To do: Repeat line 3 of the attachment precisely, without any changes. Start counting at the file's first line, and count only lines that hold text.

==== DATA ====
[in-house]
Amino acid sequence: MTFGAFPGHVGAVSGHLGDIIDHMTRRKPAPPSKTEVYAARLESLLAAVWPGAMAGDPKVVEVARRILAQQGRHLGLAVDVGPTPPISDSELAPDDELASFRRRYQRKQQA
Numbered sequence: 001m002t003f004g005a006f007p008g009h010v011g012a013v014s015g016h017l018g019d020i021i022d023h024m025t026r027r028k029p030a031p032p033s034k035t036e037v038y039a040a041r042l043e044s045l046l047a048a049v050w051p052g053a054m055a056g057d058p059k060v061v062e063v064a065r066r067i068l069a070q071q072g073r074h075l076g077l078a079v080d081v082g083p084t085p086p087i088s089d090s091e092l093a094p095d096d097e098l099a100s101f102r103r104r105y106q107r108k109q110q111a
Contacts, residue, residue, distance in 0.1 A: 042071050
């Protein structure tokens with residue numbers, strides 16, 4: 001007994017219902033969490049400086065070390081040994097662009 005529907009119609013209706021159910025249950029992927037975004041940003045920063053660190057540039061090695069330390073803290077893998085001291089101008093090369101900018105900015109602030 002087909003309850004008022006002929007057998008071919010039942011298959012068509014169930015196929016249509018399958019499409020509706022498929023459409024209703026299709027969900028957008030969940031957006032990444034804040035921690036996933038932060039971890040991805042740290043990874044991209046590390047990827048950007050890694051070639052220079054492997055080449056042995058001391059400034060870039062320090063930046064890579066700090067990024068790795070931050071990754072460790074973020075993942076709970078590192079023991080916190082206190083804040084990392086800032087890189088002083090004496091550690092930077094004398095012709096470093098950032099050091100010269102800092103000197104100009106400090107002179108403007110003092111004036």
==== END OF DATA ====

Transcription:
Numbered sequence: 001m002t003f004g005a006f007p008g009h010v011g012a013v014s015g016h017l018g019d020i021i022d023h024m025t026r027r028k029p030a031p032p033s034k035t036e037v038y039a040a041r042l043e044s045l046l047a048a049v050w051p052g053a054m055a056g057d058p059k060v061v062e063v064a065r066r067i068l069a070q071q072g073r074h075l076g077l078a079v080d081v082g083p084t085p086p087i088s089d090s091e092l093a094p095d096d097e098l099a100s101f102r103r104r105y106q107r108k109q110q111a